Letter of the 7 days: When the fog descends

Yvonne Reddick’s poem “Dear Tor” (16 July) was so evocative that a couple days later I was up in the clouds on Kinder Scout moor, Derbyshire, in a refreshing breeze, peering at monumental gritstone with “moor grass feathering your chin, billberries springing at the corner of your eye”. The new heather seemed emerald as I handed through lengthy moist grasses, many thanks to the ongoing restoration of industrially eroded peatland by the Moors For The Long run partnership.

John Burnside’s column (Nature, 23 July) explained the feeling of being by itself in fog: “when almost nothing appears business other than the ground beneath my feet and the odd flurry of birdsong” – up right here it is a flock of stonechats. Burnside offers Kuo Hsi: “The haunting spirits of the mountains are what human character seeks, and still can rarely find.”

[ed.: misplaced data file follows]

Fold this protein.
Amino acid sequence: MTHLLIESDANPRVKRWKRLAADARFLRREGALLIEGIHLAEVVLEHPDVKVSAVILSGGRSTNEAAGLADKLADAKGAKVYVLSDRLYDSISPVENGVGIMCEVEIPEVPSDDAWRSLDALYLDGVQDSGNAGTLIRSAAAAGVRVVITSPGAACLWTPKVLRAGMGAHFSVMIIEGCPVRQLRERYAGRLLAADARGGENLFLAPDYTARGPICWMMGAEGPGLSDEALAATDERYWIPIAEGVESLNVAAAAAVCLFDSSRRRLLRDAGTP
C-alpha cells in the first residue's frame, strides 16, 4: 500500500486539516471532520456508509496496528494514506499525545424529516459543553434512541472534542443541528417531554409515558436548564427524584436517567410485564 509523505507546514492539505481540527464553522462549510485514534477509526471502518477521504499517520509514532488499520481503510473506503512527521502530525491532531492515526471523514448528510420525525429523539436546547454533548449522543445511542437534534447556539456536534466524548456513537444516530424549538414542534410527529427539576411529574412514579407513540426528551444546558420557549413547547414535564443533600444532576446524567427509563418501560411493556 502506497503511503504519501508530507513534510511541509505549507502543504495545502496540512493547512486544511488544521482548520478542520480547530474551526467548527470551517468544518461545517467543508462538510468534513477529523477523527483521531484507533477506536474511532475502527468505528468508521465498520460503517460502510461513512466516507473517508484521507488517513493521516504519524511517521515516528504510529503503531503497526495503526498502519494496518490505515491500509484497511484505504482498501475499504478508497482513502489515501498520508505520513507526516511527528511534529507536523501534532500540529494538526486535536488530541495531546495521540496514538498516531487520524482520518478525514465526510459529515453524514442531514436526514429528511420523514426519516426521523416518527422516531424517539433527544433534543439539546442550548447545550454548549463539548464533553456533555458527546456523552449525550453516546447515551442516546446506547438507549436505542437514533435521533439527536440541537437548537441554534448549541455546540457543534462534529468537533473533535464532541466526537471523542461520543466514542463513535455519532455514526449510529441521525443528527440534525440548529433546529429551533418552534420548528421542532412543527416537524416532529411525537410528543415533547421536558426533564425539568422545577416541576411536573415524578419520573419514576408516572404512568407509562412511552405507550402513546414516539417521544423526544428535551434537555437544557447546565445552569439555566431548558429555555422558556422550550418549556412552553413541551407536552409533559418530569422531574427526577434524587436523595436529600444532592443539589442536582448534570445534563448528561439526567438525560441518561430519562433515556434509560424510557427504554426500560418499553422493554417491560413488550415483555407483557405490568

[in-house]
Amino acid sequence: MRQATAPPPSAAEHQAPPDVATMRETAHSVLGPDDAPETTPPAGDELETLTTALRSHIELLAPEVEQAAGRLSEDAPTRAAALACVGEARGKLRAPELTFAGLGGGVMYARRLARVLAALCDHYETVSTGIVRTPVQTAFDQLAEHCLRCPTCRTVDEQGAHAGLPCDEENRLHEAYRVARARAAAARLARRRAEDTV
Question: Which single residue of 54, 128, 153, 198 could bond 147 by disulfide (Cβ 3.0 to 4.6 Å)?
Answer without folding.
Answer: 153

In the 21st century I descend into a heatwave, as parched walkers climb in the direction of me, pointing them up on to the cool, misty ridge and non secular refreshment away from Hsi’s “din of the dusty world”, remembering Reddick’s plea: “Tor, give us time.”

Judith Taylor
Disley, Cheshire

[see also: The seeming nothingness of fog speaks to the mystery in all things]
 

Character flaws

Entire praise to Annette Dittert for exposing our shameless huckster of a Key Minister (“The politics of lies”, 23 July). In excess of the a long time the NS has catalogued in myriad insightful techniques Boris Johnson’s problematic romance with truth of the matter and integrity, but it is specifically poignant to browse the view of a commentator who would be only far too knowledgeable of how a democratic nation can slide into authoritarianism, which she indicates is a procedure of collapse that can occur, like personal bankruptcy, little by little and then suddenly.

Her means to “see ourselves as others see us” helps make this critical reading for anyone worried with the probable destruction of democracy if Johnson and his appalling acolytes continue being at the helm.

Tony Hughes
Warwick